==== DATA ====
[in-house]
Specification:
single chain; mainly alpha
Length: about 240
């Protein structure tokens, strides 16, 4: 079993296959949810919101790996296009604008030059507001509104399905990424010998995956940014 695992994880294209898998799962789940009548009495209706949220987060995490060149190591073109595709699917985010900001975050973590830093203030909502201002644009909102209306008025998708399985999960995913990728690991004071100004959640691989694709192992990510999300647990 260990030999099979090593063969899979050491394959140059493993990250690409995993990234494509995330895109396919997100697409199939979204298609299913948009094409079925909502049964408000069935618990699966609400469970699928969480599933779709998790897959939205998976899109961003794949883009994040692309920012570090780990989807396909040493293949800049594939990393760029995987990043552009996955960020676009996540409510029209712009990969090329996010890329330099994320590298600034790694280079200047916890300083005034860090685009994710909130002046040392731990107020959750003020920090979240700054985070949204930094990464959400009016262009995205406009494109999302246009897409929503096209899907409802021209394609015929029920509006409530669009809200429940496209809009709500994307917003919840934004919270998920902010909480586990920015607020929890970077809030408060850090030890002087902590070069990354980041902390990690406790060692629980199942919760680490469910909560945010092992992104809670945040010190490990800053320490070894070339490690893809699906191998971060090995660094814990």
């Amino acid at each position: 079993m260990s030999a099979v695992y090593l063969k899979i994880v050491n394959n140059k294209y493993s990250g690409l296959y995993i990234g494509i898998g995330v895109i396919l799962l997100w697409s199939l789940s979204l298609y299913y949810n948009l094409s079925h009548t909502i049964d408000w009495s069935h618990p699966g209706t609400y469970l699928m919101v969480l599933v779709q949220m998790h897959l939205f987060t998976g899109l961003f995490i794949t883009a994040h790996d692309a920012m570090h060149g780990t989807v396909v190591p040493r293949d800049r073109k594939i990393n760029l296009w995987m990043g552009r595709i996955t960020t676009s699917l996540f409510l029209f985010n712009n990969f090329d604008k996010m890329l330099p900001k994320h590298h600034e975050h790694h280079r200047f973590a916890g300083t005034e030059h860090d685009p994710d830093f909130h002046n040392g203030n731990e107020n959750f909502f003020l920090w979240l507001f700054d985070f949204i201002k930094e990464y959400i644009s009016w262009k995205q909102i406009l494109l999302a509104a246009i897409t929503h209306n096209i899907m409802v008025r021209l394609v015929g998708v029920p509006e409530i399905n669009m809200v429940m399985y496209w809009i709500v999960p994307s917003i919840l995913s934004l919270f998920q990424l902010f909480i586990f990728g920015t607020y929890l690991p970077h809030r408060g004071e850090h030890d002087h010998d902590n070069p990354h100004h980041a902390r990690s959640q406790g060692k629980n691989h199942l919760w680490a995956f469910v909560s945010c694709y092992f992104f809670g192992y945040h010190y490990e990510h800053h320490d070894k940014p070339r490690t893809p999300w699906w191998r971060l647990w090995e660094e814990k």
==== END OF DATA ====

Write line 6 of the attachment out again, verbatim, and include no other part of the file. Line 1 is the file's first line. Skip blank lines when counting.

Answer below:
């Amino acid at each position: 079993m260990s030999a099979v695992y090593l063969k899979i994880v050491n394959n140059k294209y493993s990250g690409l296959y995993i990234g494509i898998g995330v895109i396919l799962l997100w697409s199939l789940s979204l298609y299913y949810n948009l094409s079925h009548t909502i049964d408000w009495s069935h618990p699966g209706t609400y469970l699928m919101v969480l599933v779709q949220m998790h897959l939205f987060t998976g899109l961003f995490i794949t883009a994040h790996d692309a920012m570090h060149g780990t989807v396909v190591p040493r293949d800049r073109k594939i990393n760029l296009w995987m990043g552009r595709i996955t960020t676009s699917l996540f409510l029209f985010n712009n990969f090329d604008k996010m890329l330099p900001k994320h590298h600034e975050h790694h280079r200047f973590a916890g300083t005034e030059h860090d685009p994710d830093f909130h002046n040392g203030n731990e107020n959750f909502f003020l920090w979240l507001f700054d985070f949204i201002k930094e990464y959400i644009s009016w262009k995205q909102i406009l494109l999302a509104a246009i897409t929503h209306n096209i899907m409802v008025r021209l394609v015929g998708v029920p509006e409530i399905n669009m809200v429940m399985y496209w809009i709500v999960p994307s917003i919840l995913s934004l919270f998920q990424l902010f909480i586990f990728g920015t607020y929890l690991p970077h809030r408060g004071e850090h030890d002087h010998d902590n070069p990354h100004h980041a902390r990690s959640q406790g060692k629980n691989h199942l919760w680490a995956f469910v909560s945010c694709y092992f992104f809670g192992y945040h010190y490990e990510h800053h320490d070894k940014p070339r490690t893809p999300w699906w191998r971060l647990w090995e660094e814990k």